It’s graduation time!

By Jamie Sun
Northwest Asian Weekly

UW commencement speaker Steve Ballmer (on the screen), speaking to 45,000 people (including 5,300 graduating students). (Photo by Chi-Heng Patrick Pan)

It’s that Pomp and Circumstance time of year, and in addition to the myriad of graduating APIs around the country, several successful Asian Americans were invited to speak at university commencement ceremonies. Among them, former U.S. Ambassador Gary Locke, Mindy Kaling, and Howard Koh.

“The purpose of education is not to lead a more comfortable life,” Locke told graduates at Western Washington University on June 14, “but a more useful and meaningful one.”

On May 17, at the University of Massachusetts, Lowell, Dr. Howard Koh addressed graduates during the commencement ceremony. Koh has been the assistant secretary for health for the U.S. Department of Health and Human Services (HHS) since 2009.

Koh’s parents journeyed to America from Korea a generation ago to search for the American Dream. “In doing so, they sacrificed and they persevered, for a better life for their children and their children’s children,” said Koh. “They told us kids how lucky we were to be born in this country, how fortunate we were to enjoy the rights and freedom, and how it was our duty and our destiny to live a life of higher purpose, and make something of ourselves in this land of opportunity.”

On May 28, Kaling, an actress, comedian, writer, and producer, was invited to speak at the 2014 Harvard Law commencement. She caught the crowd’s attention and laughter with her jokes about Harvard Law School, as well as jokes about herself as a Hollywood star.

Kaling is an American of Indian origin whose parents were raised in India. Her parents met in Africa, and immigrated to America. Now, she is the star and the creator of her own network television program. During her speech, she recalled what her parents taught her about America.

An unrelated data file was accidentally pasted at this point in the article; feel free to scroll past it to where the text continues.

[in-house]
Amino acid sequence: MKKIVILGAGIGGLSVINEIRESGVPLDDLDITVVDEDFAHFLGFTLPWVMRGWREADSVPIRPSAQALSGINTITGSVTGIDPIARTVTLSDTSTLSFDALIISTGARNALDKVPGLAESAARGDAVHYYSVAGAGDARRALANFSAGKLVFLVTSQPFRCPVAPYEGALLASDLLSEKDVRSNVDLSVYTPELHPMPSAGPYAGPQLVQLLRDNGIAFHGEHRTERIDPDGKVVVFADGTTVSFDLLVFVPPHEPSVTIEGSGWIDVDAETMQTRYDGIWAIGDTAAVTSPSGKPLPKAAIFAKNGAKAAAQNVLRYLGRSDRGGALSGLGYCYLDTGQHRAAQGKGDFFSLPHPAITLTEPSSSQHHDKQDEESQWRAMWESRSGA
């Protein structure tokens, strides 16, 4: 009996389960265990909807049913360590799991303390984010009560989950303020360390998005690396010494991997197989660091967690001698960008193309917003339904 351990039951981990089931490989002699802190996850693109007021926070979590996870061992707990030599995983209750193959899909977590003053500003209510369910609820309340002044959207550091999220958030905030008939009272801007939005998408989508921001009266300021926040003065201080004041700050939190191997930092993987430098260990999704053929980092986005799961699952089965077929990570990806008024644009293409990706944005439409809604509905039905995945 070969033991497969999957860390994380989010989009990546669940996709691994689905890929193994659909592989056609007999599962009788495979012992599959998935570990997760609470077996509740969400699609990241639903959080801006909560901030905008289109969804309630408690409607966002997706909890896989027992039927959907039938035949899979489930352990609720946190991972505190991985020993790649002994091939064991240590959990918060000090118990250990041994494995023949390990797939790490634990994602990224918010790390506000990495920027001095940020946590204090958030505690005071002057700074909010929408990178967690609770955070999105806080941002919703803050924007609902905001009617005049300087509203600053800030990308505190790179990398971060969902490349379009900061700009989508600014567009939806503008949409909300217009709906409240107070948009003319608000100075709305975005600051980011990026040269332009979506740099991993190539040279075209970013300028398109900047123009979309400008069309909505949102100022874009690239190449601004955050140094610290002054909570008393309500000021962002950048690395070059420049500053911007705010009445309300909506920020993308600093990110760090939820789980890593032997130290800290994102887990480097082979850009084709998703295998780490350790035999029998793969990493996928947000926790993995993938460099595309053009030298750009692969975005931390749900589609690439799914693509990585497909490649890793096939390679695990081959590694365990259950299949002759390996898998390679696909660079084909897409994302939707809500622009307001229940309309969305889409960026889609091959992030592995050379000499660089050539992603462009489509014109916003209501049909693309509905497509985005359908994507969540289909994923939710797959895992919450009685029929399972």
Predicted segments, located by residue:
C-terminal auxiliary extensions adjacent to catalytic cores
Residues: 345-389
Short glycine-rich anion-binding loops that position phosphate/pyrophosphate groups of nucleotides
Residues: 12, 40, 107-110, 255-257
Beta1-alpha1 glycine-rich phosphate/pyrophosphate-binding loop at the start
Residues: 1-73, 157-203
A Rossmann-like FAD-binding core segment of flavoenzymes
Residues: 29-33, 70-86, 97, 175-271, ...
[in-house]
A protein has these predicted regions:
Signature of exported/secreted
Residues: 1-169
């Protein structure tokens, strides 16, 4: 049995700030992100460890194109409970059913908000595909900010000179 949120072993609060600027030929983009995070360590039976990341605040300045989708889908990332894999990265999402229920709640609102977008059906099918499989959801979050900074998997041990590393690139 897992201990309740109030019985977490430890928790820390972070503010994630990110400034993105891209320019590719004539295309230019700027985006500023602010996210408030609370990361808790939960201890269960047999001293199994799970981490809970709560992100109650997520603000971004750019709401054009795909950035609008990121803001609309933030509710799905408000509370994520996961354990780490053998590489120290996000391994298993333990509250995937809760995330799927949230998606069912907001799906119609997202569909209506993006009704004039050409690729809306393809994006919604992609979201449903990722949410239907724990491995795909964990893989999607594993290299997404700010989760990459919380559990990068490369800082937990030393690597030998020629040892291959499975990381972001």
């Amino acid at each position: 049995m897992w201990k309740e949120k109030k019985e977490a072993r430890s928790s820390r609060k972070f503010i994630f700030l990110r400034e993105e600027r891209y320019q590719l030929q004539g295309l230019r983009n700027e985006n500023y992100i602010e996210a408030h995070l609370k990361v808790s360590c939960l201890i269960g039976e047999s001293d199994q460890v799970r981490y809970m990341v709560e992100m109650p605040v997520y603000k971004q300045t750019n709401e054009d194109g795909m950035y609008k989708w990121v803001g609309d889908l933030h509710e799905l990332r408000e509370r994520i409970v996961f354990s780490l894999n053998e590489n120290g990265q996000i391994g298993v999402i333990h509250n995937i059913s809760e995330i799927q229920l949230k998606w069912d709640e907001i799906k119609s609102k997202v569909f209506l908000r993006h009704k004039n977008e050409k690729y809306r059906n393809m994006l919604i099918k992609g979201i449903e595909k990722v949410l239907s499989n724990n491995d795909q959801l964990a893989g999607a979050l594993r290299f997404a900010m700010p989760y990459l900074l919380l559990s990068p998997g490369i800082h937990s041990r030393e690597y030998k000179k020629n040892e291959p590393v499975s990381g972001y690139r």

“My parents believed that their children could aspire and succeed to levels that could never happen anywhere else in the world.”

On being Asian at UW

On June 14, 5,300 students attended the University of Washington’s 139th commencement at Husky Stadium. The speaker, Steve Ballmer, former Microsoft CEO, said, “You will need to put in long-term effort and be hard core in order to seize the opportunities that are in front of you.”

Dada Wu, a 2014 grad from Taiwan, graduated from the communications department and earned her bachelor’s degree. She plans to pursue a master’s in urban planning or landscape architecture. “At UW, being an Asian is not much different than being other races because there are many Asians on campus,” said Wu. “There are TOSA and TSA school clubs, and other kinds of events, and I get to meet people with the same background as me. That makes me feel comfortable being an Asian.”

Kei-sing Yiu graduated with a master’s in the landscape architecture program at UW. His short-term plan after graduation is to look for a job in America, where, he said, “everyone is nice and friendly.” Yiu said his professors were very helpful and “not too picky” about his grammar problems.

Ting Ting Chu majored in journalism. She is from Hong Kong and said she is job hunting outside of Seattle because she feels like she should try and go explore a little bit more. “Right now, I am looking for jobs mostly in Los Angeles and New York City,” she said.

Chu said she never tried blending in with non-Asian communities. “I didn’t even bother to because I knew we were from entirely different cultural backgrounds,” she said. “It’s not our languages, it’s just about our ethnic backgrounds. It’s weird, because sometimes, there are people who naturally feel like talking to and befriending. They don’t look like they are Asian, but turns out they are half Asian. With that said, I am feeling great being an Asian at UW because I don’t feel lonely at all. I can still get to know friends.”

Chu said she sometimes felt nervous about being judged because she’s not a native English speaker.

“I thought I wouldn’t survive and started feeling like I shouldn’t be a journalist because I don’t write well like my classmates who are native English speakers,” said Chu. “But my professor, Caley Cook, spent so much time and effort guiding me through. She made me realize what I am good at and what I should improve on.” (end)

Jamie Sun can be reached at

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